Thursday, July 31, 2014
Can Dorchester Silence The Train Horns After 10 P.M.?
It seems the trains running through Dorchester are starting to test the patience and nerves of some town residents.
Earlier this month, we reported on citizen complaints about the lengthy blockades occurring regularly at the town's railroad crossings due to stopped train cars.
Now, one resident is tell us he thinks it's time for Dorchester to consider imposing a quiet zone after 10 p.m. for both crossings entering town. He says it "makes little sense for trains moving 5 to 10 m.p.h. to blow their horns up to a dozen times long after most residents have gone to bed."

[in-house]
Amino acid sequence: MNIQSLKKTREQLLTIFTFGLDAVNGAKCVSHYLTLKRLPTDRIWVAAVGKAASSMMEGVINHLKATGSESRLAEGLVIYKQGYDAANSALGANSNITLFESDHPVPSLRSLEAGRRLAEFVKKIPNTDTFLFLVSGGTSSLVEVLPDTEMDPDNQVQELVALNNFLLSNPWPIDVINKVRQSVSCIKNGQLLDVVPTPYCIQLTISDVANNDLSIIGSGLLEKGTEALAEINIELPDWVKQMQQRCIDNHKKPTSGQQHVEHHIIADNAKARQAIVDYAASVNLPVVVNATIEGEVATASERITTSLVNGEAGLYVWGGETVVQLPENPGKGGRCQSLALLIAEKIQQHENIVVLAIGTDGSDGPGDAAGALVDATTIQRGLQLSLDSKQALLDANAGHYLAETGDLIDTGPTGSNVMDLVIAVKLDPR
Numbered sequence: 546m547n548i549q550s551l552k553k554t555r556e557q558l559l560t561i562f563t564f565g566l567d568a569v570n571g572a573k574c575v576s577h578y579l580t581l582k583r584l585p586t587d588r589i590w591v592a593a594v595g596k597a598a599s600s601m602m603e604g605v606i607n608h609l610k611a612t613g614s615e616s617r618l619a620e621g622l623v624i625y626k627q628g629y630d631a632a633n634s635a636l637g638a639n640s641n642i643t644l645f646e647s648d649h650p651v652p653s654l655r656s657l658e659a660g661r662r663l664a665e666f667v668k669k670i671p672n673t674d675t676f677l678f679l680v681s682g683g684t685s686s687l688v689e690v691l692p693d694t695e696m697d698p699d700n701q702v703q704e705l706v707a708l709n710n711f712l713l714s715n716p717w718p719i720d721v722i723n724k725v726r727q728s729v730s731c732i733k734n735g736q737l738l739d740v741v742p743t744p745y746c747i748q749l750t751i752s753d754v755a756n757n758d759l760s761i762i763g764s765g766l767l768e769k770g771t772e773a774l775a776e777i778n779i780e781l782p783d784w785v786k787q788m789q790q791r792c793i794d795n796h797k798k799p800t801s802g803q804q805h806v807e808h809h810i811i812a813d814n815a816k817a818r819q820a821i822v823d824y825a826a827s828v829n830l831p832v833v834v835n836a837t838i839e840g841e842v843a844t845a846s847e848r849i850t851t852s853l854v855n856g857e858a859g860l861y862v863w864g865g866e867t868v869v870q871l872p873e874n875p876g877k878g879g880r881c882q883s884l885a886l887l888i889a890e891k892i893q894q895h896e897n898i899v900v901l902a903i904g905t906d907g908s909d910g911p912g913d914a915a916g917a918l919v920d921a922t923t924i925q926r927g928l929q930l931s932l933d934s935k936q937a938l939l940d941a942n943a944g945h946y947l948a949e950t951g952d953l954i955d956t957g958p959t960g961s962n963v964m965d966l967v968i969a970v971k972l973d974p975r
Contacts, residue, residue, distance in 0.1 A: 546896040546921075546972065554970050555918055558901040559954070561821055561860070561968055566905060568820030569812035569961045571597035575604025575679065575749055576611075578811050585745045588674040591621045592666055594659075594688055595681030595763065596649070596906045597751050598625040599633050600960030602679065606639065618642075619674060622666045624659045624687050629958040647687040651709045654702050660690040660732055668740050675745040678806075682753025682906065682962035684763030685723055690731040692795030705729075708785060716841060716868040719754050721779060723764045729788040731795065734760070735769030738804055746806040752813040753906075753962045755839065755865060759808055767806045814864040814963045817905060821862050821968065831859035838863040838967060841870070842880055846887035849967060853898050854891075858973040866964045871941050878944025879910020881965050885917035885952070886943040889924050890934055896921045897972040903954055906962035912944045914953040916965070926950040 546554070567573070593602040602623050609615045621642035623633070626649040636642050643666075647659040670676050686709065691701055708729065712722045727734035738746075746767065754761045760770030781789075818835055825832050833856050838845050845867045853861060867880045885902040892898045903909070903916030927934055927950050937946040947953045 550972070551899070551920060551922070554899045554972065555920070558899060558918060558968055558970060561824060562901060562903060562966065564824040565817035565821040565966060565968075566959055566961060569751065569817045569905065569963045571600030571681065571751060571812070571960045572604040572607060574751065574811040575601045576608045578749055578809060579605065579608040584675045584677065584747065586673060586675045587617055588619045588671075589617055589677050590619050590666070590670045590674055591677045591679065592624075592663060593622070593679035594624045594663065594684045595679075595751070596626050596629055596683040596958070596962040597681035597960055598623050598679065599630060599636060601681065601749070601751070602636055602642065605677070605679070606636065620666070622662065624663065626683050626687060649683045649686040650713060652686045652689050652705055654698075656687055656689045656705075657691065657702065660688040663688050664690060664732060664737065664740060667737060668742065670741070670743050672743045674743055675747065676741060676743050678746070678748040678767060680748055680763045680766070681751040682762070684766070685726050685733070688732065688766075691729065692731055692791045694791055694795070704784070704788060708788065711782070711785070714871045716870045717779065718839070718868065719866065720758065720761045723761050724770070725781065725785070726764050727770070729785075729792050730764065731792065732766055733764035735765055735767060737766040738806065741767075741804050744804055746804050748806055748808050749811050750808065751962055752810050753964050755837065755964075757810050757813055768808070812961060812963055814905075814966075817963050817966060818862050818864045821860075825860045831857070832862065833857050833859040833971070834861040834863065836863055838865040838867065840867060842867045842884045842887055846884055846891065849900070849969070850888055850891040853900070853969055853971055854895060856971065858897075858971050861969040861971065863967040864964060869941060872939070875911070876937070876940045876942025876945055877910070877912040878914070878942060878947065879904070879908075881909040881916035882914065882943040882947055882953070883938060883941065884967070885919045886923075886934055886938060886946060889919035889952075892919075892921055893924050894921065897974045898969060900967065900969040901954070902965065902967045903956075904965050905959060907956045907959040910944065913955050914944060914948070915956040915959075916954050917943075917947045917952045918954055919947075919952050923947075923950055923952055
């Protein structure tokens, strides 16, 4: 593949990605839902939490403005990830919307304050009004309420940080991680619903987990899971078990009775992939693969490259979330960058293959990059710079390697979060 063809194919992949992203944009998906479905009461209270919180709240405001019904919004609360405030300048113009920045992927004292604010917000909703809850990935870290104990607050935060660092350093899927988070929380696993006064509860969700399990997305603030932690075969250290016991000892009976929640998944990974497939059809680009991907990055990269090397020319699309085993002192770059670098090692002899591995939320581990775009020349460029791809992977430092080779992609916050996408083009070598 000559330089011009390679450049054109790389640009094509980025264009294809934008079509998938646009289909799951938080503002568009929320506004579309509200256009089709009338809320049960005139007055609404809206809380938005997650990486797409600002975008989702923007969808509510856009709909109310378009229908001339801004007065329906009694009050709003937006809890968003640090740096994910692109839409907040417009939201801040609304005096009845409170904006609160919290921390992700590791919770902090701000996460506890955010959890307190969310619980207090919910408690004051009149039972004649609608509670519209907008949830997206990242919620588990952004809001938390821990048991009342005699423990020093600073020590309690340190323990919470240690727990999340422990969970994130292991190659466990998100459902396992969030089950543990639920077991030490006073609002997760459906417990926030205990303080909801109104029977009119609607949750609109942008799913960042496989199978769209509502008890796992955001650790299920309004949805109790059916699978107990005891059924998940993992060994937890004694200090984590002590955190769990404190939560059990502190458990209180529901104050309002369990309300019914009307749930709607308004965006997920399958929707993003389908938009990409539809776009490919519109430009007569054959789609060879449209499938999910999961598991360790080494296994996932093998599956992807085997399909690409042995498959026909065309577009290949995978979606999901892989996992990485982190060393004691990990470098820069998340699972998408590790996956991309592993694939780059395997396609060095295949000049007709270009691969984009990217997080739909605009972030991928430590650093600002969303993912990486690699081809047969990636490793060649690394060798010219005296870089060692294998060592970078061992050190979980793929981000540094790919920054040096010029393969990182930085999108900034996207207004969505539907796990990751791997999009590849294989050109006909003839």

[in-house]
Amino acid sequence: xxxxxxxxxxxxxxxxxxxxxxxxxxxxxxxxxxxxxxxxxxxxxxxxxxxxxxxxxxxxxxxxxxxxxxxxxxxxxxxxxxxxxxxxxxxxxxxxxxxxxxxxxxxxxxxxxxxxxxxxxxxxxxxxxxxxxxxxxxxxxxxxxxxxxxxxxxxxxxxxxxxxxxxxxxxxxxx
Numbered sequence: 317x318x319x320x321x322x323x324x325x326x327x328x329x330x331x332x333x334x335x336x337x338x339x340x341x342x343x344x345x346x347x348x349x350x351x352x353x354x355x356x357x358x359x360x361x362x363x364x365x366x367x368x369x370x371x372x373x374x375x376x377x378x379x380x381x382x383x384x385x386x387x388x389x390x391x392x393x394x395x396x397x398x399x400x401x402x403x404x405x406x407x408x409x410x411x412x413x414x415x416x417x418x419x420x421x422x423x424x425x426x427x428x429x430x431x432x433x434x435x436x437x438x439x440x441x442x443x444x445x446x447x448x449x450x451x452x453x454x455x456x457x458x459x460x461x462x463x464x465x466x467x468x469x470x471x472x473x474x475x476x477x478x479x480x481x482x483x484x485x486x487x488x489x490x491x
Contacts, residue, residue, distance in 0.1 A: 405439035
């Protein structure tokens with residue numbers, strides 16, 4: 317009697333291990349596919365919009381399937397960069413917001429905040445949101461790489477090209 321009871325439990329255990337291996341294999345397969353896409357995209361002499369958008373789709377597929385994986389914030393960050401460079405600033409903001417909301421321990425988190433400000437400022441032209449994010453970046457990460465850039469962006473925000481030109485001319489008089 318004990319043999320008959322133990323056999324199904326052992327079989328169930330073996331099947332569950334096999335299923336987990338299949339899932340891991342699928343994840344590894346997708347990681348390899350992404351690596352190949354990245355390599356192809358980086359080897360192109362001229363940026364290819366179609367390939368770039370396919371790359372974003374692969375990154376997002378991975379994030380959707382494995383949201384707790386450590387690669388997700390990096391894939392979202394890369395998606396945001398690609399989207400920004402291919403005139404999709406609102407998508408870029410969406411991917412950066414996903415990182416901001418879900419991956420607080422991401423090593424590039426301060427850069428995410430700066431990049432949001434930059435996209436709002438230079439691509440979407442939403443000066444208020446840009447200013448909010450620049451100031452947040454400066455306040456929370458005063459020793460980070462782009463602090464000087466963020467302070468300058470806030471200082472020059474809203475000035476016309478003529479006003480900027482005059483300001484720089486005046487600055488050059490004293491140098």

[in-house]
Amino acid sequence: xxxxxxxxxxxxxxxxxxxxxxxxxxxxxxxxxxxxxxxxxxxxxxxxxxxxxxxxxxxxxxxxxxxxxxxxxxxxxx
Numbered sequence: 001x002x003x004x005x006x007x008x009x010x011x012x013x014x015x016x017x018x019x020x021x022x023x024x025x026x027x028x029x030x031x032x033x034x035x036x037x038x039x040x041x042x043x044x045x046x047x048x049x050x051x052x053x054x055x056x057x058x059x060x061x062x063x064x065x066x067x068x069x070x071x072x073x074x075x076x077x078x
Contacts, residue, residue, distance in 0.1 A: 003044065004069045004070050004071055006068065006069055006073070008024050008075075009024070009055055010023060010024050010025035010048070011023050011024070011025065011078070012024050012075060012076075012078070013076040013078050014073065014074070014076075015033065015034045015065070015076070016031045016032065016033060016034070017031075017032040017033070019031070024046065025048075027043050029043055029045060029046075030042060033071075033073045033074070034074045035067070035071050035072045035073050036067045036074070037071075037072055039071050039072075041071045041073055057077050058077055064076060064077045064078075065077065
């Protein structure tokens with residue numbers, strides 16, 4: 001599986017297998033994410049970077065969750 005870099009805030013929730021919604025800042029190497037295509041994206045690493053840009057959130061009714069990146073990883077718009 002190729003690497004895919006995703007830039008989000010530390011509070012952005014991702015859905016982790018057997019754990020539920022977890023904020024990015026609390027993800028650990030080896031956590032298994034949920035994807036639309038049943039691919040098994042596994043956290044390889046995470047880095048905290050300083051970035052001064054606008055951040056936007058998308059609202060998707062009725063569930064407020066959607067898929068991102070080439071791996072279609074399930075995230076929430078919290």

The resident who e-mailed informs us that south Lincoln (14th Street) is a "no horn" zone during the evening hours. He said local residents in that part of the Capital City requested the designation be made by the Lincoln City Council, which then had to work with Burlington Northern Santa Fe on the details.
According to a City of Lincoln website, a quiet zone is a minimum one-half mile long railroad corridor containing one or more public roadway crossings where train horns are not routinely sounded. All crossings must have flashing lights, gates, and constant warning before a quiet zone can be established. Train horns may still be sounded in the case of an equipment malfunction or if a person or vehicle is near the tracks.
Lincoln has four designated Quiet Zones, which include twelve crossings along the BNSF railroad.
We at the Times like the idea and think it would improve Dorchester's quality of life. And we thank the resident for e-mailing us this idea to share with readers.